Shipping

If polywell fusion is developed, in what ways will the world change for better or worse? Discuss.

Moderators: tonybarry, MSimon

Helius
Posts: 465
Joined: Sun Oct 21, 2007 9:48 pm
Location: Syracuse, New York

Postby Helius » Thu Jun 26, 2008 10:50 pm

I think his idea is related to those "spray gliders", which are in my mind a brilliant invention. They work by changing boyancy. When they are heavy, they dive downward using the wing to glide horizontally. When they get to a predetermined depth, they increase boyancy, making them lighter than water. They then glide up to the surface using their wing to make them move horizontally. All in all they can travel hundreds of miles using very very very little power.


Here's a link.
http://www.whoi.edu/instruments/viewIns ... do?id=1498

In any case, if the concept works in water, a similar concept should work in air.


David


Hmmm. Maybe Someday they'll swim with the Cetaceans on Europa.
Thanks, I like the machine!

Jeff Peachman
Posts: 69
Joined: Fri Jun 13, 2008 2:47 pm

Postby Jeff Peachman » Fri Jun 27, 2008 6:13 pm

Yeah the spray gliders seem pretty cool. It would be difficult to create an airborn version but likely possible. I didn't think of changing the bouyancy.. hmm..

rcain: Yeah your idea is different than what I thought but still interesting. I'm still trying to wrap my head around a practical use for it.
- Jeff Peachman

Jeff Peachman
Posts: 69
Joined: Fri Jun 13, 2008 2:47 pm

Postby Jeff Peachman » Sun Jun 29, 2008 9:08 pm

Heres an idea that would be good for shipping:

So imagine that electric powered vehicles start to become popular. An interesting civil engineering project for the government could be charging vehicles with Resonant Induction.

I imagine that would just electrify the interstate freeways. That way electric cars only really need to travel a max of about 30 miles around town, and you can charge the car in your garage at night. If you go on a long trip, you use the freeway and get charged along the way.

Apparently they studied this problem in the 1990s using induction technology, but the technology didn't exist for resonant induction when they did the study. (See wikipedia article above). It might be cheaper to implement with resonant induction because the range and efficiency of the system is much better.

So, if we built it, truckers would never really need to stop for gas. If we get artificially intelligent cars that drive themselves, shipping gets cheaper and faster. And all of it could be powered cheaply by polywells.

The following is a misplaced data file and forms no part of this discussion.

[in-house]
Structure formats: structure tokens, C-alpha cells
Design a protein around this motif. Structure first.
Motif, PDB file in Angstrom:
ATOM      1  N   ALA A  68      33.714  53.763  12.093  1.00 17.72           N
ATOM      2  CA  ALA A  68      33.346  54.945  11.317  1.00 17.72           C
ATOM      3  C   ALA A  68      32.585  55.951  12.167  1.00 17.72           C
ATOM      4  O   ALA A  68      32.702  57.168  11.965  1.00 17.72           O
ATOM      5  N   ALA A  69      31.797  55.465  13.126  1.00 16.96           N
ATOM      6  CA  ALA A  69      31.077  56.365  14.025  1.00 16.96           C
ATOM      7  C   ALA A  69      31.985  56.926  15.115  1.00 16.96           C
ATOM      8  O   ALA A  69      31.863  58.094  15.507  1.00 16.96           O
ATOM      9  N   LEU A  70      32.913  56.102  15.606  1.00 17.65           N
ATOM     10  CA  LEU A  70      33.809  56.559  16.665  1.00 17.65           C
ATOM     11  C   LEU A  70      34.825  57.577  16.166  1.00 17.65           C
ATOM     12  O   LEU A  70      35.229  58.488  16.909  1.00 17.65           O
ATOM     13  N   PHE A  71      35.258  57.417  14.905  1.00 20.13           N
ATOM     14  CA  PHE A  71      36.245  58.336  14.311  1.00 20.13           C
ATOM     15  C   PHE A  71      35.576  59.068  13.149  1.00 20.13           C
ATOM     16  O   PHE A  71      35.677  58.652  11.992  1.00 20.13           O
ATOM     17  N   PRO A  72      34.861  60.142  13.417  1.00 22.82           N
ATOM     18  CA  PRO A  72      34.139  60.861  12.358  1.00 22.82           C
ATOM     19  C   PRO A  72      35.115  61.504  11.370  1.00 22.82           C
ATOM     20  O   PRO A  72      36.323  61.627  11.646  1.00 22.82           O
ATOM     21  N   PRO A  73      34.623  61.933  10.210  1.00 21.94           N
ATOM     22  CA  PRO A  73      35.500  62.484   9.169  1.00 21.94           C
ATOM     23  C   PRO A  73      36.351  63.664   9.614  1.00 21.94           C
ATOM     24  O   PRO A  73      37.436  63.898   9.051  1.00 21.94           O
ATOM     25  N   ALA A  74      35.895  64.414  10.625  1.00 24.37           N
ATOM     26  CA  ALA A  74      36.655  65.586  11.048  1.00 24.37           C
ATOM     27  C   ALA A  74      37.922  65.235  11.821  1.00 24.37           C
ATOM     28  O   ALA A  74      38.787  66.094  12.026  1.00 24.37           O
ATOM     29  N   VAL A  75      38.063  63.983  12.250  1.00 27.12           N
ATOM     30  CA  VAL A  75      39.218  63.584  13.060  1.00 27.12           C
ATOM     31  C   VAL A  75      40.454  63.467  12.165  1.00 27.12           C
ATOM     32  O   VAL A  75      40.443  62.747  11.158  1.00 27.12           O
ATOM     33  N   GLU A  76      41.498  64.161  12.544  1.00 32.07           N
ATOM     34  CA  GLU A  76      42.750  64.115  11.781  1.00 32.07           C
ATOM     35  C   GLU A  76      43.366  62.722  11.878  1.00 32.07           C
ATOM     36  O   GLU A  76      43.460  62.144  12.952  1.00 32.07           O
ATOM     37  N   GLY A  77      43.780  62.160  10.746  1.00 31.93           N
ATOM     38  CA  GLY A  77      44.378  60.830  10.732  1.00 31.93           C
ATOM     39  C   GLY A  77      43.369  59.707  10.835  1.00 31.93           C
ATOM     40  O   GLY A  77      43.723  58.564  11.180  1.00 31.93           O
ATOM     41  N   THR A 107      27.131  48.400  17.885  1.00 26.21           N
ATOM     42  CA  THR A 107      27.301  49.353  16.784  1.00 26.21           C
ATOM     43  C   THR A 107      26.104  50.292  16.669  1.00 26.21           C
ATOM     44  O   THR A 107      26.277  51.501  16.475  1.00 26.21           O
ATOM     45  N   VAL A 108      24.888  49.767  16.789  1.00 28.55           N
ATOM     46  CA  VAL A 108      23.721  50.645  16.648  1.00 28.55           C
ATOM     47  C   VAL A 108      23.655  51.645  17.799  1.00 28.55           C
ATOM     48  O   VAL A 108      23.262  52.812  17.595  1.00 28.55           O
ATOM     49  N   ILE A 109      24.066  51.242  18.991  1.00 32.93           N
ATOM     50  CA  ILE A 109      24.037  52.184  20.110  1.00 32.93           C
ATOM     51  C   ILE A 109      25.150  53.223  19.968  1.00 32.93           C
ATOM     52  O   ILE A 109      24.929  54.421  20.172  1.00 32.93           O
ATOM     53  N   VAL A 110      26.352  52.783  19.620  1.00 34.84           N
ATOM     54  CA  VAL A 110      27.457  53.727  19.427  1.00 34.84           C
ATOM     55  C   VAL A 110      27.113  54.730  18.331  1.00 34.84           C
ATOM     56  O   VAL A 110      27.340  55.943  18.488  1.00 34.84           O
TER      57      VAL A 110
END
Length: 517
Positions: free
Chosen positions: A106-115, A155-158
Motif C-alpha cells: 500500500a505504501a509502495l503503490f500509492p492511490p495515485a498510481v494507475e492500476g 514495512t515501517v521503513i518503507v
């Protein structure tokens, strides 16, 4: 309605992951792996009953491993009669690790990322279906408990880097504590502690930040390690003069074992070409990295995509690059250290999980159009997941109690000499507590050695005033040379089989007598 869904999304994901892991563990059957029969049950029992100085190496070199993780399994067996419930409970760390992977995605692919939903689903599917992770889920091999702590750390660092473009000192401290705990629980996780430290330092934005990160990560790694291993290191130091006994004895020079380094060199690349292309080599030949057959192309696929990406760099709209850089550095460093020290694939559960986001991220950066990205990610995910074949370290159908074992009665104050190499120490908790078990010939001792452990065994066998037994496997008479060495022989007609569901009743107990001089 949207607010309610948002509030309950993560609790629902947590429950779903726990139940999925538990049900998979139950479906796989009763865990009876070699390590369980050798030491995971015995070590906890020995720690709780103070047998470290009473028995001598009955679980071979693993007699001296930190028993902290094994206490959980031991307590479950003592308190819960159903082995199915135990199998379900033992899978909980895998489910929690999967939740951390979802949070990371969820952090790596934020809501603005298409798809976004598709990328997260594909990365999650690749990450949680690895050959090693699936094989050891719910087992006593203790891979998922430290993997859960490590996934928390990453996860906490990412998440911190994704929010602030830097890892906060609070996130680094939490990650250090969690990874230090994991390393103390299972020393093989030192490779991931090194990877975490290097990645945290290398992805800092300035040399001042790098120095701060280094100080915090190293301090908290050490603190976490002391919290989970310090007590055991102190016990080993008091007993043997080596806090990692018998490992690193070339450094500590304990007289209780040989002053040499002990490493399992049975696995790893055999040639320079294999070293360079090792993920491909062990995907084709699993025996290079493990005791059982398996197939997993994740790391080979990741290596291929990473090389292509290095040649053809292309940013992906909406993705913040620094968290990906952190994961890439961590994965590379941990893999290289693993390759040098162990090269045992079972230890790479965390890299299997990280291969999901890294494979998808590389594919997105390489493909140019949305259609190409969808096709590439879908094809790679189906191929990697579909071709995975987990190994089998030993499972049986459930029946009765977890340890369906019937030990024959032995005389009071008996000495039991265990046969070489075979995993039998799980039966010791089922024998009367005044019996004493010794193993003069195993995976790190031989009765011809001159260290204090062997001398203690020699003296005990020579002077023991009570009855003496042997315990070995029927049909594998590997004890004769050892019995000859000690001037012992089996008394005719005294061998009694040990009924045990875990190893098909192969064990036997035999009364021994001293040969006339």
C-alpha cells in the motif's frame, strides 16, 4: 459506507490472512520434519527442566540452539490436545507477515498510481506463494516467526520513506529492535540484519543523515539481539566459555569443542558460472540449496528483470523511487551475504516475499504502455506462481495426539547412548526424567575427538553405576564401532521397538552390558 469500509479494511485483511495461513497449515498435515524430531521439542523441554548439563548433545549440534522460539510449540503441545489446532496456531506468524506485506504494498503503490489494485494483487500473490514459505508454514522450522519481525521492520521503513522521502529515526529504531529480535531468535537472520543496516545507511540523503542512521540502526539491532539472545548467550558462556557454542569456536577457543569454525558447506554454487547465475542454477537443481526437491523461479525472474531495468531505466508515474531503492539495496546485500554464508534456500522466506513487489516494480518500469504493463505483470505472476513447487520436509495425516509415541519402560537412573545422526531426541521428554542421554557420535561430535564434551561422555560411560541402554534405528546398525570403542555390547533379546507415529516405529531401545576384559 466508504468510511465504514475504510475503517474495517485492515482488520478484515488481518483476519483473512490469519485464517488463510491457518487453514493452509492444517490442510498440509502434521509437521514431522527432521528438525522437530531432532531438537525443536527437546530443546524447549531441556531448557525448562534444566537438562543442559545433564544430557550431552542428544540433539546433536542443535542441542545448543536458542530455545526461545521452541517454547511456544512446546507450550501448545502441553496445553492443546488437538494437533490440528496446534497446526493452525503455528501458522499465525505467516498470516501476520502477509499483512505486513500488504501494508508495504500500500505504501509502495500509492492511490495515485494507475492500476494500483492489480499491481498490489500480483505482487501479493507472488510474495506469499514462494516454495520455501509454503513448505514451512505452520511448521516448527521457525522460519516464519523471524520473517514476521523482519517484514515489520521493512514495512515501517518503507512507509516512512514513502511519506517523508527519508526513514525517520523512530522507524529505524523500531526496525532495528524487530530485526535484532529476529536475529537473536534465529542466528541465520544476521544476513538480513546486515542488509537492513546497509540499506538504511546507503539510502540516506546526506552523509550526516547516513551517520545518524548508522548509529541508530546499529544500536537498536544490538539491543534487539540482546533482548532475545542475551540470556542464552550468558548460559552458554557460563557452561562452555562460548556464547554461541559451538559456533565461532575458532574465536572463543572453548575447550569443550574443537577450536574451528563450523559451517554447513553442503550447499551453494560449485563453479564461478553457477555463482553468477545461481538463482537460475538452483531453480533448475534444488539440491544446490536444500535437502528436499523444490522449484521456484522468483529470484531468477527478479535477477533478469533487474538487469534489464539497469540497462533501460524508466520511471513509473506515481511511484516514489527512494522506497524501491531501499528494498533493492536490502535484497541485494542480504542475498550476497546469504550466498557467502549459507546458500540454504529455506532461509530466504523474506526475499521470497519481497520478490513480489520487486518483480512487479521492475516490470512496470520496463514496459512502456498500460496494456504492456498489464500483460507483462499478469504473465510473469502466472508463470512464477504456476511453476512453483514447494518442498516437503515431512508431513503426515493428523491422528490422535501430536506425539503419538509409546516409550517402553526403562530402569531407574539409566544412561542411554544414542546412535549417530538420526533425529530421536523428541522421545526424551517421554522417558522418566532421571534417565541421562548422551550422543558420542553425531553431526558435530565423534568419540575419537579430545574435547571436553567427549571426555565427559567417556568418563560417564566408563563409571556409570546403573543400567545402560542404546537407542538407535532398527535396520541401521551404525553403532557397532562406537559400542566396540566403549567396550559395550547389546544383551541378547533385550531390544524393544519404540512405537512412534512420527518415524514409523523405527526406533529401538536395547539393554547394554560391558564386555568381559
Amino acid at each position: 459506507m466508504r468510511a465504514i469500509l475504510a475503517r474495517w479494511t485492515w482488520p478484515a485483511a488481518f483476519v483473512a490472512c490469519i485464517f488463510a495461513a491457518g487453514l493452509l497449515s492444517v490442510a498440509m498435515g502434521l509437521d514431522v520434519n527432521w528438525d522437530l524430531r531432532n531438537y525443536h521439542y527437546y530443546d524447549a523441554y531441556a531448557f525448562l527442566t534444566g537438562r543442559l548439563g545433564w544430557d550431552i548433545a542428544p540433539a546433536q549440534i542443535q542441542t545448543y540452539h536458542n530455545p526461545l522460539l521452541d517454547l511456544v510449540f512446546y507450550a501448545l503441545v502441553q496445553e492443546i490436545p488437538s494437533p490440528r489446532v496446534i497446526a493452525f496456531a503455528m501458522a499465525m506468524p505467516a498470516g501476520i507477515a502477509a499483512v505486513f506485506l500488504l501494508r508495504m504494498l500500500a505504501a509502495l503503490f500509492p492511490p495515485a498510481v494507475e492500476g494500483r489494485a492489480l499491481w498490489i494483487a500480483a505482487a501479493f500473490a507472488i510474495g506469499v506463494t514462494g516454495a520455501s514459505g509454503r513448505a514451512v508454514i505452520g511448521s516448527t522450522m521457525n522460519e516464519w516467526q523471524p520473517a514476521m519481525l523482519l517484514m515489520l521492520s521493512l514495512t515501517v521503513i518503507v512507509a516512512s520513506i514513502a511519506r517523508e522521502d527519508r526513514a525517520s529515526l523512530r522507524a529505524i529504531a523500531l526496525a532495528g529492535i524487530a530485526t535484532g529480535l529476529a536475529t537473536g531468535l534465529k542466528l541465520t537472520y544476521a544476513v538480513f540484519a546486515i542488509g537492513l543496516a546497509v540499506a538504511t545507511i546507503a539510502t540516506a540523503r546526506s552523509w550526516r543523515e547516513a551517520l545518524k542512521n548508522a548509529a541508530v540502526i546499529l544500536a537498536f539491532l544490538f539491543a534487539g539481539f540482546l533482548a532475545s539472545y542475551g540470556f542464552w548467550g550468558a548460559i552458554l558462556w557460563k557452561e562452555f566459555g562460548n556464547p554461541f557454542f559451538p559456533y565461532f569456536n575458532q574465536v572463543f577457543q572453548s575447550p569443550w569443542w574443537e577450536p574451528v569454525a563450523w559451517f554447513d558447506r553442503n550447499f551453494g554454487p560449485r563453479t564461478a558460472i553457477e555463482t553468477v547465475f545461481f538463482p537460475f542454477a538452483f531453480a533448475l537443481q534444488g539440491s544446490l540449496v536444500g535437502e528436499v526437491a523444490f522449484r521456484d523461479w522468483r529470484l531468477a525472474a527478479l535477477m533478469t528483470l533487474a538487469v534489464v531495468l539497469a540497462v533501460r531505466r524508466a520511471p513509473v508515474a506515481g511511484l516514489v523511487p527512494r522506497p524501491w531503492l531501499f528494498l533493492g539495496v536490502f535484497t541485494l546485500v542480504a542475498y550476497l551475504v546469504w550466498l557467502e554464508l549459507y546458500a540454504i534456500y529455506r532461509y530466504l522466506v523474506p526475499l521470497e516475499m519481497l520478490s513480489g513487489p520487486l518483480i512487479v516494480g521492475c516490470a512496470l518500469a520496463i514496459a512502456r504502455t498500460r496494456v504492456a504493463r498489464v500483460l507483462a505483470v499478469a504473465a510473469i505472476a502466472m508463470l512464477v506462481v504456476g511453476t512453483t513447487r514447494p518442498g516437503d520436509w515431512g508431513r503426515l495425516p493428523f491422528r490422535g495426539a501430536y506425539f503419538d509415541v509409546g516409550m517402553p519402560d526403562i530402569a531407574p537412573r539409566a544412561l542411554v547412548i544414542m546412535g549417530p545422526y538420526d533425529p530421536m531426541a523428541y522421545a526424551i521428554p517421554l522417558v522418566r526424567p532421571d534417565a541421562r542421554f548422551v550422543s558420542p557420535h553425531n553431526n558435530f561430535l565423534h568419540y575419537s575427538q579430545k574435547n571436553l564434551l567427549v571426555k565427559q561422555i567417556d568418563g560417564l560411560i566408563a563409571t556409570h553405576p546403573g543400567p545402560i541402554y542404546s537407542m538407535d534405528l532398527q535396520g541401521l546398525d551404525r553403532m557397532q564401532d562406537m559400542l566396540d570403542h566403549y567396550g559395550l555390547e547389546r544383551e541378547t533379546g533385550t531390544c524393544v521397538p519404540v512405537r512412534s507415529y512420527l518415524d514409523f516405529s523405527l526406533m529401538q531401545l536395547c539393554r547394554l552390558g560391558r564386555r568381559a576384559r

What do you guys think?
- Jeff Peachman

drmike
Posts: 825
Joined: Sat Jul 14, 2007 11:54 pm
Contact:

Postby drmike » Mon Jun 30, 2008 1:16 pm

That's something I wanted to do 30 years ago. I would expect others have thought about it too.

It is fundamentally a great idea, but you need to ensure that roads without a power grid have a way for vehicles to recharge too.

You would think that trains would already do that if there was an economic advantage to it, but I think the long range power distribution becomes a problem. For inside a city though, I think it's a fantastic way to go. For long range, I think some modification is needed. I'm not quite sure what yet.

Jeff Peachman
Posts: 69
Joined: Fri Jun 13, 2008 2:47 pm

Postby Jeff Peachman » Mon Jun 30, 2008 8:22 pm

Good points, but just for the sake of argument...

drmike wrote:... you need to ensure that roads without a power grid have a way for vehicles to recharge too.

Charge it at home. You should have enough range on battery alone for at least 30 or 40 miles, any further than that and you might as well use the freeway. In case you run out around town, put it in neutral and roll it to anyplace where you can charge it with an extension cord. Or maybe jumpercables will be replaced by cords which allow you to transfer power from one car to another.

drmike wrote:You would think that trains would already do that if there was an economic advantage to it, but I think the long range power distribution becomes a problem.

Well long distance distribution is pretty efficient using the HVDC power provided by the polywells. The question is whether it will be expencive to step down the voltage at various points along the highway.

I know that induction is used in transformers to step down voltage. Perhaps the resonant induction transmitters can transmit using HVDC and the cars can receive at lower voltage? I'm not entirely sure since electric systems are not my field.